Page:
Courtesy of BAPS Swaminarayan Sanstha, UK
People ride exercise bikes at the Swaminarayan Hindu temple in London as part of the Cycle to Save Lives fundraiser on the weekend of May 1, 2021. Participants at temples in Leicester, Essex, and London combined their efforts to cycle 4,700 miles – the distance from London to Delhi – and ended up almost tripling that amount.

British Indians dig deep to help homeland fight pandemic

  • Quick Read
  • Deep Read ( 3 Min. )

India is battling the world’s largest COVID-19 outbreak, which is pushing its health care system to a breaking point. Help is on the way, however, from Indians living outside their homeland. According to the United Nations, nearly 17 million people from India belong to this diaspora. 

In the United Kingdom and other countries with large Indian diasporas, COVID-19 fundraising means more money for India to buy essential equipment, such as oxygen concentrators. Indian hospitals have run short of oxygen to treat COVID-19 patients, as new cases are averaging more than 200,000 a day. 

Why We Wrote This

India’s devastating pandemic has spurred its diaspora to rally support. British Indians, who are not always united, have worked together on relief efforts.

The U.K.’s Indian minority has organized cycling fundraisers and other ways to donate for pandemic relief. This charitable response has even spanned the community’s religious divides. 

“The Indian diaspora has always been very engaged. I know a lot of Indians who are contributing generously, and who are engaging,” says Sonia Faleiro, a nonfiction writer who rallied the literary community to donate to pandemic relief. 

When Sonia Faleiro sent out a mass email requesting help to raise money for India’s COVID-19 crisis, little did she expect instant replies from acclaimed authors Salman Rushdie and Ali Smith. 

Using her publishing contacts, Ms. Faleiro, a nonfiction writer, raised £18,000 ($26,000) to buy 31 oxygen concentrators, which are in short supply in India. Her author-led initiative Artists for India is working with Mission Oxygen, an Indian nonprofit. “People just wanted to help and are willing to do whatever they could,” she says.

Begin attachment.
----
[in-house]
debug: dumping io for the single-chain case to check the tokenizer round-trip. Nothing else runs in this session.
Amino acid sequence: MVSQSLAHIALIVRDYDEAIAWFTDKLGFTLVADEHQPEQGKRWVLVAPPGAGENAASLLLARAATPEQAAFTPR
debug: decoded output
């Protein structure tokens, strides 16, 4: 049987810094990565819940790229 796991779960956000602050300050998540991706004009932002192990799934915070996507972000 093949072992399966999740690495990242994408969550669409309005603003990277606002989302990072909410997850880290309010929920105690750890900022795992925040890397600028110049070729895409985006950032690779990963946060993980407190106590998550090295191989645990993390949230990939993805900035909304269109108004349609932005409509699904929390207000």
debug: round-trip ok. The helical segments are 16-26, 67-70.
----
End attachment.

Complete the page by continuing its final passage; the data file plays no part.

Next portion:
As India’s health care system struggles to respond to what is currently the world’s largest COVID-19 outbreak, the Indian diaspora is rallying to help its homeland. According to the United Nations, almost 17 million people from India lived outside the country in 2020. In the U.S. some 4.8 million residents were either born in India or identified as having Indian ancestry, including Vice President Kamala Harris, whose mother was born in India. 

Why We Wrote This

India’s devastating pandemic has spurred its diaspora to rally support. British Indians, who are not always united, have worked together on relief efforts.

But it is the 1.4 million-strong Indian community in the United Kingdom that has become the global focal point for private pandemic relief to India, which has recorded 27 million cases and is averaging more than 200,000 a day. 

Ms. Faleiro, who was born in India and lives in London says that Indians in the U.K. are digging deep for pandemic relief. “The Indian diaspora has always been very engaged. I know a lot of Indians who are contributing generously, and who are engaging,” she says. And she believes that this diaspora has a role to play beyond fundraising. “It’s also about amplifying voices [of those who need help]. It’s our job. We have to do it.”

Nonstop cycling

The pandemic has hit India hard, especially in its second wave. More than 300,000 have died so far, but health experts say the real death toll is much higher. In the U.K., at least, that has stirred a charitable response across the sometimes deep religious divides that have troubled India over the years.

At the Swaminarayan Hindu temple in the city of Leicester, Bhavik Depala was among the volunteers who joined a recent COVID-19 fundraiser. Participants cycled nonstop on exercise bikes to cover 4,700 miles – the distance from London to Delhi – in 48 hours. More than 800 participants at all three Swaminarayan temples in Leicester, Essex, and London combined to cycle the equivalent of 12,500 miles and raised £700,000.

“It was a real community effort across three parts of the U.K. … and not just regionally, but across religious lines,” uniting Hindus with Sikh and Muslim communities, says Mr. Depala.